The holidays are about sharing and giving, and what better way is there to show your loved ones how much you appreciate them than by giving them gifts that you made by hand. This year, the special people on my list are getting flavorful cultured vegan butter, my famous dry rub, some spicy jalapeno jelly, and a homemade instant coconut mocha (or hot cocoa) mix.
It may seem hard to believe judging from my jolly holiday demeanor, but just a few years ago, I didn’t really care much for Christmas. I saw the people in my life turning into monsters; stressing themselves out, worrying about what they were going to get for everyone on their list.
Everything about this time of year just seemed like a worthless corporate stunt set up to oblige people into spending their money on worthless things that nobody actually wanted. People were going crazy, worrying about what they were going to get for someone they barely knew, but that they felt the just HAD to get something for.
And I DID NOT want to be involved.
As a kid, the holidays were all about getting everything you asked Santa for, and as a parent, it’s all about making sure your kids get everything that they ask Santa for. But what about those of us who are in between? What about those of us who are no longer children anticipating the arrival of sleigh bells on the roof, and who are not planning on having human children (of course my pups are spoiled this time of year) anytime soon?
For those of us who are intentionally childless, and no longer children ourselves, the holidays can seem just feel like a waste of time, energy, and money.
The stress and anxiety that’s caused by trying to get everyone in your life the perfect holiday gift seems like the antithesis of what the holidays are actually supposed to be about. I get that there is something exhilarating about purchasing just the right thing for just the right person, and having them love what you got for them, but for most of us, that rush is overshadowed by the dread of “What am I going to get for__________?”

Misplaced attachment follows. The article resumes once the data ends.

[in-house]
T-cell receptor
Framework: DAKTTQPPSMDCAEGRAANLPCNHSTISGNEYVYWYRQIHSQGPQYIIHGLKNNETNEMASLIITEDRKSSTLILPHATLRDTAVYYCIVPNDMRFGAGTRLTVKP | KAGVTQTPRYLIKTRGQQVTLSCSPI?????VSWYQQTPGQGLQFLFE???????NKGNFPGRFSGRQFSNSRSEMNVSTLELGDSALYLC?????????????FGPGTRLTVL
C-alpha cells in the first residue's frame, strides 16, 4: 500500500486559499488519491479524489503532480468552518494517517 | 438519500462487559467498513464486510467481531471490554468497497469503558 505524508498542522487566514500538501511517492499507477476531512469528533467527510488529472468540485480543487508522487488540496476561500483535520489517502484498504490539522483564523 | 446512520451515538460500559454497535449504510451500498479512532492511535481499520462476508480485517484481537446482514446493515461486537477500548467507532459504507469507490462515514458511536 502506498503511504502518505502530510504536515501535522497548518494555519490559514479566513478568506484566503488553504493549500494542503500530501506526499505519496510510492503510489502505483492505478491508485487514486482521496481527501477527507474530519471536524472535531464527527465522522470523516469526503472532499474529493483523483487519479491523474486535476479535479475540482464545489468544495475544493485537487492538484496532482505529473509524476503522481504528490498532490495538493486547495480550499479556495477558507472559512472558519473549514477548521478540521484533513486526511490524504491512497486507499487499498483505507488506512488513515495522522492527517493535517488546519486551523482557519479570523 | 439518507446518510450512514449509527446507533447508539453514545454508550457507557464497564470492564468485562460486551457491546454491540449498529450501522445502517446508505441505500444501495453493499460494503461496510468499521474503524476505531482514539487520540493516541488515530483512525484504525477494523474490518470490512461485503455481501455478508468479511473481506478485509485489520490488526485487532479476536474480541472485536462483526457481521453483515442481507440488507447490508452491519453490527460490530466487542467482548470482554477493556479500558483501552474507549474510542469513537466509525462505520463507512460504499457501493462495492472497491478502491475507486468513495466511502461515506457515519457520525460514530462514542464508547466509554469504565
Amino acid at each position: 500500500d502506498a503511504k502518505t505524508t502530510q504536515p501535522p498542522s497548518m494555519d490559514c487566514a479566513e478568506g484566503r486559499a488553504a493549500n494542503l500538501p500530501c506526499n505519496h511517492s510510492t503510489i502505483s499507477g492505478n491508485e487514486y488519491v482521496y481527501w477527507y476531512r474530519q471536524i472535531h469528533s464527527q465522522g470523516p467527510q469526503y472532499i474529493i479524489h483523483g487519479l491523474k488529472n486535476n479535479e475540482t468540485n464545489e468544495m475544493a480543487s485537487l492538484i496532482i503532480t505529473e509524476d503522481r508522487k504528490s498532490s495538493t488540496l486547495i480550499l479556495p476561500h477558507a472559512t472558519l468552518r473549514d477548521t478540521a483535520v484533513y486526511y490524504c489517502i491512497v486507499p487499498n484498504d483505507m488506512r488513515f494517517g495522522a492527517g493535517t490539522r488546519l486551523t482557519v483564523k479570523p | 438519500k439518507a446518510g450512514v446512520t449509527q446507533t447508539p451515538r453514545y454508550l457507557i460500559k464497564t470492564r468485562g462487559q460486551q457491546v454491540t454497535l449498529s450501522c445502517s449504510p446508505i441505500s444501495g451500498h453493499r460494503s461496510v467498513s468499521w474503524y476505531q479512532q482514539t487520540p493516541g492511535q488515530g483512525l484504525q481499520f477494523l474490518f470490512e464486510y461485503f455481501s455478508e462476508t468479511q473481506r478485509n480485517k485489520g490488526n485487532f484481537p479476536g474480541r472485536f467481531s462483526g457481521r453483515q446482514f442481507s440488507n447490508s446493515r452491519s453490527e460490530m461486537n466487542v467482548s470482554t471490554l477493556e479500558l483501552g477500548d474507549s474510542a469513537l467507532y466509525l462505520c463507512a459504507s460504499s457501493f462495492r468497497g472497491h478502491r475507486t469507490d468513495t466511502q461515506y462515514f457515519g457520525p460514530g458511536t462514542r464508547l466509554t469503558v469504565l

So, I pretty much opted out of the holidays for a few years in my early 30s, and I didn’t really feel like I was missing out.
One year, on a whim, I decided to collage some holiday cards for people. As a crafty person, it’s always fun to make, but it’s sometimes difficult to figure out what to do with all of the things that you make. Christmas seemed like a perfect time of year to have a captive audience for my work, who an obligation to accept the crafts that I made for them.
Making these cards not only allowed me to have some type of creative outlet, and a way to process the holiday stress, but it also allowed me to tailor my gifts to the specific people in my life. It was no longer about finding things that people may like, and instead it was about making things that you know they would.
With the success of my card making, I decided to start making some food gifts to give out as well. I started with giving out small bags of my dry rub to friends and family, and I was happy to hear actually used and enjoyed what I had made for them. The next year, I added some jalapeno jelly to the roster as well.
This year, a few extra special folks will get my handmade collage cards, and in addition to the rub and jelly, I’ve added homemade vegan cultured butter and instant coconut hot cocoa to the mix.
As a gift to y’all, I decided to film my gift making process. Hopefully my gifts inspire you to make some of your own, and if you’re in a holiday rut, stressing about what to get for everyone on your list, just give them all some homemade jalapeno jelly and call it a day.
Watch the video below to see exactly how I made each of these easy holiday gifts, and then scroll down for full written recipes, or links to where you can find the full recipes.
Enjoy, and Happy Holidays!
Cultured Vegan Butter: Two Ways
One of the gifts that I’m most excited about making and giving this year is cultured vegan butter in two varieties: salted and cinnamon-maple.
And although I write a lot of recipes for my channel and website, some things are just science, and you can’t mess with perfection. To make vegan butter at home, I use Miyoko’s Glorious Butterless Butter recipe from her “The Homemade Vegan Pantry” book (affiliate link HERE), and I think you should, too.
To make it a “cultured” butter, you need to add yogurt in place of the plant milk. I sub in my homemade vegan soy yogurt (link to the recipe HERE), but you could just use any plain store-bought vegan yogurt, or you could follow Sarah Sullivan’s homemade vegan butter recipe HERE, in which she shows you how to culture your own cashews milk.
In addition to using yogurt when making Miyoko’s recipe, I also double the salt amount, and I use a rich olive oil in place of the neutral oil because I think it gives richer, more buttery flavor.
To make the cinnamon maple butter variation, I add 2 tablespoons of real maple syrup and about ¼ teaspoon of cinnamon to every cup of vegan butter. I always taste the butter before molding it just to make sure that the flavors all shine through.